ANN ARBOR, Mich. — A mother from Grand Rapids, Michigan, says she was denied potentially life-saving cancer surgery due to a lack of ventilators, which are in short supply due to the COVID-19 pandemic.
Whitney Fockler, 33, was diagnosed with stromal sarcoma — a type of cancer that starts in the uterus — last summer. She first knew something was wrong because she would soak through sanitary napkins with blood.
At one point, she had gone to the emergency room and learned that she had lost half of the blood in her body.
Eventually, the cancer spread to her liver. Doctors are also concerned it has spread to her bladder, as well as other organs.
"Pain wise, people always ask me, what does it feel like? And I'm like, which part? Because it hurts differently in different areas. Where the mass has spread to my liver, it's pushing against my diaphragm," Fockler said. "So taking a deep breath is like being punched in the ribs, all day every day."
Fockler was scheduled for surgery on April 7. Surgeons planned to perform a full hysterectomy, as well as possibly remove her spleen and appendix.
"I was hopeful. It's terrifying honestly," she said. "I don't want it, but I need it. Nobody ever wants to get cut open, but it's necessary. When my children were born, I promised them everything. I promised them my whole world and so, the first part of that is making sure that I am here to keep it. So I was hopeful because it's a chance to overcome."
But a few days ago, she received a call from the doctor who would have performed the surgery at the University of Michigan. He told her they couldn't move forward because they didn't have enough ventilators. With the five hour procedure, one would be necessary for the surgery.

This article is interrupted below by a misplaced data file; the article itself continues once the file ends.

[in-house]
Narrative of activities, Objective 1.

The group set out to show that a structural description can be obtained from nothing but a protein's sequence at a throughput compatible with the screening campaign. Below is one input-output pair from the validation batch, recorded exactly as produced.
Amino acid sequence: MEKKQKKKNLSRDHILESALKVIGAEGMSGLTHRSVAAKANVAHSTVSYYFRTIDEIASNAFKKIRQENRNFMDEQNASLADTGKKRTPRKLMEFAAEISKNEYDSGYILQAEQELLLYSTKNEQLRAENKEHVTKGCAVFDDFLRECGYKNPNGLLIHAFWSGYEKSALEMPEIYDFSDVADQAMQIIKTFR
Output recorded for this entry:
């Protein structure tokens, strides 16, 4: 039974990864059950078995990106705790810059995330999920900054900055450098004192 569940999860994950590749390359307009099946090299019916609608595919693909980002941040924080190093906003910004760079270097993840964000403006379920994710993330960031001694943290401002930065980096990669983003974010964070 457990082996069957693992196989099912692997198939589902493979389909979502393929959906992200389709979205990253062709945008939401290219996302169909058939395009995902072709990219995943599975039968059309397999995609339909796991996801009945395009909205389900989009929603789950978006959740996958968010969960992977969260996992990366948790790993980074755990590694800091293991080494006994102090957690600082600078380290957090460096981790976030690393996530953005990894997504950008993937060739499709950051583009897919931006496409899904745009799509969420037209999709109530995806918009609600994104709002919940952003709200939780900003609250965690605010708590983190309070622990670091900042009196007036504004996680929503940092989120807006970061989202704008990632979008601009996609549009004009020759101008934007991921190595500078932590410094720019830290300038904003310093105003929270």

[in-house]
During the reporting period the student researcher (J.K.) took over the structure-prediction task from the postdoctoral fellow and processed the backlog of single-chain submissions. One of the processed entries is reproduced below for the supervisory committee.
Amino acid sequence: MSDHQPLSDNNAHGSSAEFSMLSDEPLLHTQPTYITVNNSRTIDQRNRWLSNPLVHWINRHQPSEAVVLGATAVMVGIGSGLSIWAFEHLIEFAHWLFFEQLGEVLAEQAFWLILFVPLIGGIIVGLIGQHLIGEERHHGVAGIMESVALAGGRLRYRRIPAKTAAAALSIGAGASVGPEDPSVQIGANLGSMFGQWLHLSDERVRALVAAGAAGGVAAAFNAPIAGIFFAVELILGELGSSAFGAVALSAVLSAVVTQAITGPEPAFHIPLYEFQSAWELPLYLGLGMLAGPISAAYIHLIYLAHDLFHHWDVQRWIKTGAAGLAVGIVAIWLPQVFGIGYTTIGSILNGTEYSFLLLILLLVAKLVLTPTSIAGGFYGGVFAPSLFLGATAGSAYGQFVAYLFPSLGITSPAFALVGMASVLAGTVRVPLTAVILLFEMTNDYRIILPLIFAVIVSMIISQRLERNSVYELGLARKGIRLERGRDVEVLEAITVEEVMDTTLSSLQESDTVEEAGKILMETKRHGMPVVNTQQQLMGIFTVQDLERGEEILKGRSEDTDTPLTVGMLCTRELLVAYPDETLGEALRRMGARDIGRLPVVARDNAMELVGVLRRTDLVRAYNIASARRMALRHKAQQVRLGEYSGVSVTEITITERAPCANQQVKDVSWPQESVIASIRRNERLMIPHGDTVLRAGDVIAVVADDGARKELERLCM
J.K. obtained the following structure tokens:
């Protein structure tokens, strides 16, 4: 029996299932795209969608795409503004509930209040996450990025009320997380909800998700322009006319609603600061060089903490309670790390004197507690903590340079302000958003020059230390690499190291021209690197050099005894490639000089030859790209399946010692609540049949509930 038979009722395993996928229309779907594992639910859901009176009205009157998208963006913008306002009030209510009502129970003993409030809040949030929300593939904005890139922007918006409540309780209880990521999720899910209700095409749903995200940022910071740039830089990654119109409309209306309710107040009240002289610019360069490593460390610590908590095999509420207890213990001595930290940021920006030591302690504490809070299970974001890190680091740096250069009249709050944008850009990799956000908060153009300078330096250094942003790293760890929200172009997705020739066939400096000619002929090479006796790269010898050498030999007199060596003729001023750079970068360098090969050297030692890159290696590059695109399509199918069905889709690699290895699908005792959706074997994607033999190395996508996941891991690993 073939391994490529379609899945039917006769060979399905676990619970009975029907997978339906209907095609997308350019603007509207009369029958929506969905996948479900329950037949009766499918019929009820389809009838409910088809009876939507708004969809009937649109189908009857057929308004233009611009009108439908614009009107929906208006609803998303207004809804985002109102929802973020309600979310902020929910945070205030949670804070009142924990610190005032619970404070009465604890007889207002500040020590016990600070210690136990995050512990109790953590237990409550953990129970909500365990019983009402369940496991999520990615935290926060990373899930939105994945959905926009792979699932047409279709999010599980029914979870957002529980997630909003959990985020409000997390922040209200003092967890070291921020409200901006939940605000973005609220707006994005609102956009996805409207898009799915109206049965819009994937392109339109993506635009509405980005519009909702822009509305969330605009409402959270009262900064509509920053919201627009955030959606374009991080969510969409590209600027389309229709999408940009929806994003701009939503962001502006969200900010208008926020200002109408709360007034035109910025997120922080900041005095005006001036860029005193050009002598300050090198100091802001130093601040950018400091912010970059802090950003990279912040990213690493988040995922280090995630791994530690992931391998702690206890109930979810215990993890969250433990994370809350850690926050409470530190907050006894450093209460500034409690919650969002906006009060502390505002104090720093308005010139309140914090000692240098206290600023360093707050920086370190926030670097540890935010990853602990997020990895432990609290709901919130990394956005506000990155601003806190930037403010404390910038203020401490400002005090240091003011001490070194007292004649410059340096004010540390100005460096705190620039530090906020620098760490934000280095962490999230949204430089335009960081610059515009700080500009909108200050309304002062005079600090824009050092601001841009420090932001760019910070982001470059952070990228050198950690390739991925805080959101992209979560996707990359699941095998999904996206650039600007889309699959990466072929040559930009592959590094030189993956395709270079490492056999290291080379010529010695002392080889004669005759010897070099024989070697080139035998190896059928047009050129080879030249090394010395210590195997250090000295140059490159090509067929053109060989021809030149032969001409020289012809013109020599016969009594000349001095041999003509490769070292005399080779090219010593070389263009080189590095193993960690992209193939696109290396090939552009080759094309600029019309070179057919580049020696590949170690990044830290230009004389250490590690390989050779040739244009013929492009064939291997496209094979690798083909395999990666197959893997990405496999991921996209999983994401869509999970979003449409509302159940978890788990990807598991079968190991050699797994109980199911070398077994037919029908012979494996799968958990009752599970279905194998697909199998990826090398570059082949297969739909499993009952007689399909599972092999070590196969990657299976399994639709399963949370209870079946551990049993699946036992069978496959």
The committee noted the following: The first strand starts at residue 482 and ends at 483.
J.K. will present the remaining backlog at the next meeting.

"My whole life depends on a few hours on a ventilator," said Fockler. She added that her doctors did everything they could to try and secure one.
At this time, Fockler doesn't have a new date set in place for a surgery or a timeline of when that may be possible.
"I would love to get it done as quickly as possible if I could, tomorrow. To me, it means life. It means more time with my children," she said. "I don't think anybody is ever really ready to go, but I know I have a lot of life left in me. It's just insane to think that a machine will make a huge difference on whether I will get that chance or not."
The University of Michigan did not immediately respond to a request for comment about how they are distributing ventilators and who is receiving them.
There has been a GoFundMe set up to help Fockler and her family. You can find the link here.
This story was originally published by Angeline McCall on WXMI in Grand Rapids, Michigan.